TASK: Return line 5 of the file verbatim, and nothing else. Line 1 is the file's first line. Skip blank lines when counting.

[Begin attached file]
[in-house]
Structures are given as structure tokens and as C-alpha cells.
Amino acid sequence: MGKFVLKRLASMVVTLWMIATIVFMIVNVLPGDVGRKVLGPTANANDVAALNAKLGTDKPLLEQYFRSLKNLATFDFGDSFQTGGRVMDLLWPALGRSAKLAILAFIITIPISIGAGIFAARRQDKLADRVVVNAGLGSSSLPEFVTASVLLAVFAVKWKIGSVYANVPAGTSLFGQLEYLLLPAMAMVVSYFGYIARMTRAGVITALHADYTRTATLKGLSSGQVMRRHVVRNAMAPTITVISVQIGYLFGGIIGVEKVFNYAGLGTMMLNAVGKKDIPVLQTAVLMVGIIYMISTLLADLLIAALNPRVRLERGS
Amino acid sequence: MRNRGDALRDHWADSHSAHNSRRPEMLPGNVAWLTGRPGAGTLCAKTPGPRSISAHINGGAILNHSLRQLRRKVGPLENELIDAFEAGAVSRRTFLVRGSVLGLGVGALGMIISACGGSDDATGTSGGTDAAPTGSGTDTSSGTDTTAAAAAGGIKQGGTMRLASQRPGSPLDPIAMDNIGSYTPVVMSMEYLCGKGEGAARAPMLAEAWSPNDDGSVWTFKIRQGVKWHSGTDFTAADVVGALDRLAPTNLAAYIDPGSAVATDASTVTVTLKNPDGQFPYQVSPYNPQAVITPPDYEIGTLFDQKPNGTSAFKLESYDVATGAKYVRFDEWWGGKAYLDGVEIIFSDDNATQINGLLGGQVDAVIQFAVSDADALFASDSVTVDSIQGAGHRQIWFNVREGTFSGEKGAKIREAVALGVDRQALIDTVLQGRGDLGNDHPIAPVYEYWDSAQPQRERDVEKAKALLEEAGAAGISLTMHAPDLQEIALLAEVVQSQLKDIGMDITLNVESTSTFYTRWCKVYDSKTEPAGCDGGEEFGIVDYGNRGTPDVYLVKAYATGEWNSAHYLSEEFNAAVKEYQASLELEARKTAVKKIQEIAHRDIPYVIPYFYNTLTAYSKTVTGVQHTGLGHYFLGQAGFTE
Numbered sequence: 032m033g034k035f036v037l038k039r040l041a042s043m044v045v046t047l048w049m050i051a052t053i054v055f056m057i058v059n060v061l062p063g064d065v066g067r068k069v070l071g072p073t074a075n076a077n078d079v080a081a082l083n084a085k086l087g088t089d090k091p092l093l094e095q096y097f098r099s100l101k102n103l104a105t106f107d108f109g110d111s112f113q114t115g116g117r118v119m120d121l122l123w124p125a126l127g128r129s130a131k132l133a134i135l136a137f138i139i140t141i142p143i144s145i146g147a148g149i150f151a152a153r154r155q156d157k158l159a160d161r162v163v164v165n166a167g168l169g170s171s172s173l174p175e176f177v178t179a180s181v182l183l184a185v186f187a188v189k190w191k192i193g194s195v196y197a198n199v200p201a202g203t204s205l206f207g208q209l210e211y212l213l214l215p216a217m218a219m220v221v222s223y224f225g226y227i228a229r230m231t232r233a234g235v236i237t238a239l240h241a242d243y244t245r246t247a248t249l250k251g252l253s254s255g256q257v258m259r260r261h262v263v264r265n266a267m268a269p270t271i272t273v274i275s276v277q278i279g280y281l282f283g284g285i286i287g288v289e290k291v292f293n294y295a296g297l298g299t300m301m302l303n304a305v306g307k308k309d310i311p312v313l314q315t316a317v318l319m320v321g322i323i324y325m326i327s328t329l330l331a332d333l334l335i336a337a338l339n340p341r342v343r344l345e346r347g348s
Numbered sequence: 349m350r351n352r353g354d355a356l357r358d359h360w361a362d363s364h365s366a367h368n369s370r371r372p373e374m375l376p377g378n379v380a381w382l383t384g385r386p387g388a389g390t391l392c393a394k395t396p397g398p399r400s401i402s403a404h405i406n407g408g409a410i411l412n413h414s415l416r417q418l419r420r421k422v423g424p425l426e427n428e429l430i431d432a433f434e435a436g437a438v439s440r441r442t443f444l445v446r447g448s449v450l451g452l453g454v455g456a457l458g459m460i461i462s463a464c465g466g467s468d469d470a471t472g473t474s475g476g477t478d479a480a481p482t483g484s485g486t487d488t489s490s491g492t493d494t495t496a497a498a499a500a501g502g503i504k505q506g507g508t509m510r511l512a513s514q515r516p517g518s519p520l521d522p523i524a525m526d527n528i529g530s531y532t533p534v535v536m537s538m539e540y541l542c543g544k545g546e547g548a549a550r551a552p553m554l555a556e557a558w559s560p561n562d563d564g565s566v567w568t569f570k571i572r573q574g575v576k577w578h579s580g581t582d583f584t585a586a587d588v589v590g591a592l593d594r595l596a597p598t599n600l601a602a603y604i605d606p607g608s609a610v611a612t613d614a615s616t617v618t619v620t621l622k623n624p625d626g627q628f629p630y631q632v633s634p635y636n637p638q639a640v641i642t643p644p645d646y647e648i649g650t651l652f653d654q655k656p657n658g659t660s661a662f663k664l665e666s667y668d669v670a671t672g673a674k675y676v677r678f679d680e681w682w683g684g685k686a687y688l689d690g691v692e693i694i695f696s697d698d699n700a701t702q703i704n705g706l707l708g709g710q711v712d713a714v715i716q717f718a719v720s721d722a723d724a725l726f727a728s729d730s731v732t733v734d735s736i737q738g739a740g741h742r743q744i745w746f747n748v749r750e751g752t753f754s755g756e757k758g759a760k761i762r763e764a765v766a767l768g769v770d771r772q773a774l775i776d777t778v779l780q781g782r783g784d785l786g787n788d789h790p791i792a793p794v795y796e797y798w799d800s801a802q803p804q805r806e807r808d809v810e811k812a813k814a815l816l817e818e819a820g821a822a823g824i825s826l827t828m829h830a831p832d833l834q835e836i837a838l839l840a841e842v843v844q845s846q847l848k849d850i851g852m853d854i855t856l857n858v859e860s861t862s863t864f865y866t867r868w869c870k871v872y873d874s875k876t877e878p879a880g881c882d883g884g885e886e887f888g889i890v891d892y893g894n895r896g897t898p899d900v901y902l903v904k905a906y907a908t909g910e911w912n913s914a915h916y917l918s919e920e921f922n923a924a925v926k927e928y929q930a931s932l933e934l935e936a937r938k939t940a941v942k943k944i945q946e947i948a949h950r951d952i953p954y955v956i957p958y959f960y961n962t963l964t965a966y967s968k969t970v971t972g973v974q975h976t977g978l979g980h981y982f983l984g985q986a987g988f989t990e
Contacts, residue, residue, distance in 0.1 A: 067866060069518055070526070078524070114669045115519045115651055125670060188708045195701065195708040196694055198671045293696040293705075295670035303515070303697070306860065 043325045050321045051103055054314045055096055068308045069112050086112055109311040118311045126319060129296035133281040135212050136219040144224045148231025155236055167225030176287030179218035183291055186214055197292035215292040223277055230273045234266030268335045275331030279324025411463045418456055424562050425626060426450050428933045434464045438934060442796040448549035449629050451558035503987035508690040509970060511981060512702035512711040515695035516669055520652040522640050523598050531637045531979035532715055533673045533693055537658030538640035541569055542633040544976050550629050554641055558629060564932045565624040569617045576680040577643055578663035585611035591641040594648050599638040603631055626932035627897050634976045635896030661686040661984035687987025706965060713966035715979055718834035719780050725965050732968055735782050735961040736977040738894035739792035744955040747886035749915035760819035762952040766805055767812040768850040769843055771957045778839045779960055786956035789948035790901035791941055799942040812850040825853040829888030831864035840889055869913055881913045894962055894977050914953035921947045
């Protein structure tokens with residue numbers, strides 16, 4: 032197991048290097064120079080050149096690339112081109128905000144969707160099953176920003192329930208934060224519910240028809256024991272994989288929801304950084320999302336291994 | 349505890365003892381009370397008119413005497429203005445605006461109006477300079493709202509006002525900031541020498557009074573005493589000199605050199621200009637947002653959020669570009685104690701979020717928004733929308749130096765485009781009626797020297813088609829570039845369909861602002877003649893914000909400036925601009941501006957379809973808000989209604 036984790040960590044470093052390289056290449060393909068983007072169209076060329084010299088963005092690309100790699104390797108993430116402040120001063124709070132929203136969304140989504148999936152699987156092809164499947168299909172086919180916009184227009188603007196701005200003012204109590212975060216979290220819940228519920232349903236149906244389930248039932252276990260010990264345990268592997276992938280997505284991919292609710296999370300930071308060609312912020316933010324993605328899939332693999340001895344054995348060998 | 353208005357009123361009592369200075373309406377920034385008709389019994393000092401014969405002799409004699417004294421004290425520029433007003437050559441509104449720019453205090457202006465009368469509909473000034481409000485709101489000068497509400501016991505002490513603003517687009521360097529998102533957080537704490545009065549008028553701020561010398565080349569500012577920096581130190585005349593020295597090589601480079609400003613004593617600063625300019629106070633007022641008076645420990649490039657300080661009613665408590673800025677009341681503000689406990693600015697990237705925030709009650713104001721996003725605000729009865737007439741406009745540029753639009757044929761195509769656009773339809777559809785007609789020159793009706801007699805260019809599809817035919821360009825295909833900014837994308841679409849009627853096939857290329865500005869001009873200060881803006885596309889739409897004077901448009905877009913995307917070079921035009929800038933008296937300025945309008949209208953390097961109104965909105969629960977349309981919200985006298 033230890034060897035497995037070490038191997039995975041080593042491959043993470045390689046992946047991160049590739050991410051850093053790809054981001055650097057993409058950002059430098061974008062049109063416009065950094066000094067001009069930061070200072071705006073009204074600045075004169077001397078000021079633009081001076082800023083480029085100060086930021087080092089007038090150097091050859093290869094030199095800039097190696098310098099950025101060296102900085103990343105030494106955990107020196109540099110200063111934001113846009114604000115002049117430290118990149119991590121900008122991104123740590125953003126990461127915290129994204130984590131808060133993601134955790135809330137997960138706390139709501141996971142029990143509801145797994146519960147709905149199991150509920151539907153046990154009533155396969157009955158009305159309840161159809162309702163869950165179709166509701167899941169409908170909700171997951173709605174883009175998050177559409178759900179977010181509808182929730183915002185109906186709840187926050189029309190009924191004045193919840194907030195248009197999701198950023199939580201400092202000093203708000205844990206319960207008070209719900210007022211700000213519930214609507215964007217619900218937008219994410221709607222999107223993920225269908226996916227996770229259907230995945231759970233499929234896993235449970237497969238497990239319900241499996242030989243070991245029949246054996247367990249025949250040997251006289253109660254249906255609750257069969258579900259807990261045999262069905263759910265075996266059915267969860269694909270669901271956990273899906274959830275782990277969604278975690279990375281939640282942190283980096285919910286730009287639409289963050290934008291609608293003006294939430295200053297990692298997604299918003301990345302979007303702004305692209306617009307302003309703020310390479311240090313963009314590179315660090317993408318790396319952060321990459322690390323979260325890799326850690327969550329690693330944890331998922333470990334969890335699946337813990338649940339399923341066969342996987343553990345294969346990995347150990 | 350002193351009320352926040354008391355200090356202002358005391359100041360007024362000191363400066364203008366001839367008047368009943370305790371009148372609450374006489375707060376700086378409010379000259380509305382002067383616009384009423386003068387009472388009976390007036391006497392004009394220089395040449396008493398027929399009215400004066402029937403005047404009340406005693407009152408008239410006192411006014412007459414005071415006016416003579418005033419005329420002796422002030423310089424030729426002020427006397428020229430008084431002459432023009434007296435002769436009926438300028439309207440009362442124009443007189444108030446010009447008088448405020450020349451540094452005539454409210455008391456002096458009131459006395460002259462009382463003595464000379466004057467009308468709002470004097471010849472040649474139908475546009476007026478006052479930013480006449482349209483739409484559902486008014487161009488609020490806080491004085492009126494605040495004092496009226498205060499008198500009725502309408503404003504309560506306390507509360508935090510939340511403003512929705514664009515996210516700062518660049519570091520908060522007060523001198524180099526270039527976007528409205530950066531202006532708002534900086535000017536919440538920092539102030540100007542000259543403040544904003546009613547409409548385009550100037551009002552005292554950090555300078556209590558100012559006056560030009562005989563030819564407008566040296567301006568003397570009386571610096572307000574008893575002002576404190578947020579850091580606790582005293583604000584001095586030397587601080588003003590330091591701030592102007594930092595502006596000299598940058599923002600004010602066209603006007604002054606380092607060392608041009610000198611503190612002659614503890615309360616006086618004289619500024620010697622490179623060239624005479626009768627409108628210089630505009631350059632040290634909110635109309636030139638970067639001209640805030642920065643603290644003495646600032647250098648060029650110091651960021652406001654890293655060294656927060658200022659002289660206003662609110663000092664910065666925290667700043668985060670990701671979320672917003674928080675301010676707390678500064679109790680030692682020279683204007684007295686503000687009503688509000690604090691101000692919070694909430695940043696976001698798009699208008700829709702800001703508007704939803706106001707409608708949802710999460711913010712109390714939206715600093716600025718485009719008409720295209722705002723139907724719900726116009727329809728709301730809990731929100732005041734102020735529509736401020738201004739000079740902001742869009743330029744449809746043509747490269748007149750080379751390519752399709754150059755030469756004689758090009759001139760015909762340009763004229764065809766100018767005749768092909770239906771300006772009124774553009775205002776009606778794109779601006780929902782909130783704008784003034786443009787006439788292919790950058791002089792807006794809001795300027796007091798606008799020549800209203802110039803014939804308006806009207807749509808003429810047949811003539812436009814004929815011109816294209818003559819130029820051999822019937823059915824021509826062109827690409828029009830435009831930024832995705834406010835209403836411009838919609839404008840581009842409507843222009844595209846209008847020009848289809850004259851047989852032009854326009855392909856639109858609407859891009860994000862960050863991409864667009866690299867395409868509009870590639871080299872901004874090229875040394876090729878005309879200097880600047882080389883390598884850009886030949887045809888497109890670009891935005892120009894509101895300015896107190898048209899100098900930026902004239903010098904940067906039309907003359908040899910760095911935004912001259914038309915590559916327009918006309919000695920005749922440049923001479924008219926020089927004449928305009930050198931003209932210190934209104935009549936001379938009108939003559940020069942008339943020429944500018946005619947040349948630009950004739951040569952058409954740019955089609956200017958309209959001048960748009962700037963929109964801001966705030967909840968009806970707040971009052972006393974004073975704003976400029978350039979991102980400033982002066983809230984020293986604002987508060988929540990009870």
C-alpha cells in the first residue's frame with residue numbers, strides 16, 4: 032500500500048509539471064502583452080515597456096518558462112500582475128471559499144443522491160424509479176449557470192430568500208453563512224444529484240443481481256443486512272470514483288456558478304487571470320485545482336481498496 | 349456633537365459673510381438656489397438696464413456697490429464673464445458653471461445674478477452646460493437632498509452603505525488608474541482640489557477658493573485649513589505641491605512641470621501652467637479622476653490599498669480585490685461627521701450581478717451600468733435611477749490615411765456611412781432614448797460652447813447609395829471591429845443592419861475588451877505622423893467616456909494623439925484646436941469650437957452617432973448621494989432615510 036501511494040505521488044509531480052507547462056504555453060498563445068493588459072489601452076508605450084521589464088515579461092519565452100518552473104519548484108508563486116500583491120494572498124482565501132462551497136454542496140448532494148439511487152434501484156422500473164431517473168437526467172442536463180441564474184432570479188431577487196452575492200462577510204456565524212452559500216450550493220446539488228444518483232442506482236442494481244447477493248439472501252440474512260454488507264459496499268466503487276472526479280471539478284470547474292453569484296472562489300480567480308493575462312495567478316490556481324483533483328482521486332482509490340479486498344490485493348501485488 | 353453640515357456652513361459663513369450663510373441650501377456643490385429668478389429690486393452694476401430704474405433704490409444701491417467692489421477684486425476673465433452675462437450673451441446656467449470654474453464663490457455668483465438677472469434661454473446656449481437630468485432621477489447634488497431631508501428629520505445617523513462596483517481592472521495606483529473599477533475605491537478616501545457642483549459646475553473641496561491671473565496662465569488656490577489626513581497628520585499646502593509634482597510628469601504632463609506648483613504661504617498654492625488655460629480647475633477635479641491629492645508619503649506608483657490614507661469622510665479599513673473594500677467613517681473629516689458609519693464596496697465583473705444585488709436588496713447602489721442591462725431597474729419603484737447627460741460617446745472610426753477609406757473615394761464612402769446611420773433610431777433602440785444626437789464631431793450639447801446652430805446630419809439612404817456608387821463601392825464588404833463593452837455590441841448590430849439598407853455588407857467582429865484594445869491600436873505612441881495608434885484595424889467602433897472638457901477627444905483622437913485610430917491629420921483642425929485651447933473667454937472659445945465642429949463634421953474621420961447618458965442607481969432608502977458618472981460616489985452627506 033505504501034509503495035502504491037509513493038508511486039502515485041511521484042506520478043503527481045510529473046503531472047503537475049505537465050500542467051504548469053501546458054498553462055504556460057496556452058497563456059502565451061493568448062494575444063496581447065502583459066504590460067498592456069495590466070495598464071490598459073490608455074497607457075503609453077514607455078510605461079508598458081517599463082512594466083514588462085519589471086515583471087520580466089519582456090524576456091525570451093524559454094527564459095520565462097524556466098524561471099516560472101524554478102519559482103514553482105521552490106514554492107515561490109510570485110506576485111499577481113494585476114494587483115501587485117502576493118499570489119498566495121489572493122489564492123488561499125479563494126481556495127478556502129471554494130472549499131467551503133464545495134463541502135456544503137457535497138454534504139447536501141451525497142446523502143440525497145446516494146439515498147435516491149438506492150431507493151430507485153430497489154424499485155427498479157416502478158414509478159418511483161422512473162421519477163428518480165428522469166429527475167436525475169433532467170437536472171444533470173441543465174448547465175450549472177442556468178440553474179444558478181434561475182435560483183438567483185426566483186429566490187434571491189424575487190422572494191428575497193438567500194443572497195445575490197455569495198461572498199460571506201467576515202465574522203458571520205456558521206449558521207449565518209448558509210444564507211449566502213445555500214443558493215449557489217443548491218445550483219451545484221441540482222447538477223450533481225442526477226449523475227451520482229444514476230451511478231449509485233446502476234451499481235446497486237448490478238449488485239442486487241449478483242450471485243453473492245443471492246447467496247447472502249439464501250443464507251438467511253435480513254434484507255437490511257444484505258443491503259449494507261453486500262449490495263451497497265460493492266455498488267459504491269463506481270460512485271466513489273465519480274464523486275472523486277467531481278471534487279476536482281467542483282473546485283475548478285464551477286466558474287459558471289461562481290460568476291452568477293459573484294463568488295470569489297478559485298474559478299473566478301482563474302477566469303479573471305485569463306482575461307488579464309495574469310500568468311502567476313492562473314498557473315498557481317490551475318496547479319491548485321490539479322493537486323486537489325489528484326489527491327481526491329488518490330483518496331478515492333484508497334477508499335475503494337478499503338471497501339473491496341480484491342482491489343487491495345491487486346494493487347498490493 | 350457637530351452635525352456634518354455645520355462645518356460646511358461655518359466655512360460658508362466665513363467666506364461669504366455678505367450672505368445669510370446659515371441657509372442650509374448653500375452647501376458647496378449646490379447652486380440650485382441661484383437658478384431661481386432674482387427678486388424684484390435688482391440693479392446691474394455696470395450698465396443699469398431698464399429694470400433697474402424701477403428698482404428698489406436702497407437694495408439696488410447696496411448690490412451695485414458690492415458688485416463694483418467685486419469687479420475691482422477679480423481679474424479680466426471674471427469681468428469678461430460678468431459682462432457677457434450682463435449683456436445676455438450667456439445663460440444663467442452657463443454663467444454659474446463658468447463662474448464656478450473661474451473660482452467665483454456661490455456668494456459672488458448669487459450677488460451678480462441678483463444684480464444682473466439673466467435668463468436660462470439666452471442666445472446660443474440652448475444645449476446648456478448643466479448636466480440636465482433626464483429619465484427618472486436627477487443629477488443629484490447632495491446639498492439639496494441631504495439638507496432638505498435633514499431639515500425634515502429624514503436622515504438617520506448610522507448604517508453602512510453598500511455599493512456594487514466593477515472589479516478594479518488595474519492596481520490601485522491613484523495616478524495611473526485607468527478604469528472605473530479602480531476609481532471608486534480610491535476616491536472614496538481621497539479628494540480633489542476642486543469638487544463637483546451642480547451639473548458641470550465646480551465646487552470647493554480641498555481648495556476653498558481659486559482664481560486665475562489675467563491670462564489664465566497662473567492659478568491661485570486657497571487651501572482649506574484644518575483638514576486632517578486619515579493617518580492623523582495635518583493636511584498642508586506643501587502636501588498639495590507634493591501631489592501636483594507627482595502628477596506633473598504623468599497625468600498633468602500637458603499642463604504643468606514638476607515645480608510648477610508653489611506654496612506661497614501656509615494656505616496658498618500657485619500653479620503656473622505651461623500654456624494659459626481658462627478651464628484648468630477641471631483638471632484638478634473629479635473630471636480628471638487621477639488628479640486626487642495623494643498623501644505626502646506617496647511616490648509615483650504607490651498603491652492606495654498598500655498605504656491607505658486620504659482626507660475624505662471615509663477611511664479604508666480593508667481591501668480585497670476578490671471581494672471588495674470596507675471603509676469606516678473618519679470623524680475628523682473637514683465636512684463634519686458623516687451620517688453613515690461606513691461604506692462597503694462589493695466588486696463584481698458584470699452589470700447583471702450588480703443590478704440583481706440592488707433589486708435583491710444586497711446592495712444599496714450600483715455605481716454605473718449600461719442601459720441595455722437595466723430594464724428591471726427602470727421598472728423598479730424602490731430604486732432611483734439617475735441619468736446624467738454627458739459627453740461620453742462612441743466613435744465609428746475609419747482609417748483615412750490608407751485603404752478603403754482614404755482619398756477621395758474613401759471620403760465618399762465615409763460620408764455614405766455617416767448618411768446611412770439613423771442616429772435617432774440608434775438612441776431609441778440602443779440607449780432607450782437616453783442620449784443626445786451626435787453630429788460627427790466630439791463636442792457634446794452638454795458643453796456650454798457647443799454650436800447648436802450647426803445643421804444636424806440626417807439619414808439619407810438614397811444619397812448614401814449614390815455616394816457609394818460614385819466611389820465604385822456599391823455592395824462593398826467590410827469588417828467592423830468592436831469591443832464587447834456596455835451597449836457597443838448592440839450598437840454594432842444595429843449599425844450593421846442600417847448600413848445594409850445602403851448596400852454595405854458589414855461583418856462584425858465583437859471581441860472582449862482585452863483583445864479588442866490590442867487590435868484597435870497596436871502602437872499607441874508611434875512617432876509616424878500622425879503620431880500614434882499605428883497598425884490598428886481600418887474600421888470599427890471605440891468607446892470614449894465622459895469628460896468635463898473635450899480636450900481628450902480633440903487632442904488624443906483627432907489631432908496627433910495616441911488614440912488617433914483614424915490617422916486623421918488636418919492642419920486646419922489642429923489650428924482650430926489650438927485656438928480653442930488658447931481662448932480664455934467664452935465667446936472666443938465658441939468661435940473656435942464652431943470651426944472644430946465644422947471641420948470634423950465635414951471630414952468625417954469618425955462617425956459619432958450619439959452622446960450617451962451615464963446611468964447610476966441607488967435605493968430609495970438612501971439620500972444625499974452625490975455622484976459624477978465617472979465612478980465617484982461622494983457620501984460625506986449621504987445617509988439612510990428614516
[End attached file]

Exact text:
Numbered sequence: 032m033g034k035f036v037l038k039r040l041a042s043m044v045v046t047l048w049m050i051a052t053i054v055f056m057i058v059n060v061l062p063g064d065v066g067r068k069v070l071g072p073t074a075n076a077n078d079v080a081a082l083n084a085k086l087g088t089d090k091p092l093l094e095q096y097f098r099s100l101k102n103l104a105t106f107d108f109g110d111s112f113q114t115g116g117r118v119m120d121l122l123w124p125a126l127g128r129s130a131k132l133a134i135l136a137f138i139i140t141i142p143i144s145i146g147a148g149i150f151a152a153r154r155q156d157k158l159a160d161r162v163v164v165n166a167g168l169g170s171s172s173l174p175e176f177v178t179a180s181v182l183l184a185v186f187a188v189k190w191k192i193g194s195v196y197a198n199v200p201a202g203t204s205l206f207g208q209l210e211y212l213l214l215p216a217m218a219m220v221v222s223y224f225g226y227i228a229r230m231t232r233a234g235v236i237t238a239l240h241a242d243y244t245r246t247a248t249l250k251g252l253s254s255g256q257v258m259r260r261h262v263v264r265n266a267m268a269p270t271i272t273v274i275s276v277q278i279g280y281l282f283g284g285i286i287g288v289e290k291v292f293n294y295a296g297l298g299t300m301m302l303n304a305v306g307k308k309d310i311p312v313l314q315t316a317v318l319m320v321g322i323i324y325m326i327s328t329l330l331a332d333l334l335i336a337a338l339n340p341r342v343r344l345e346r347g348s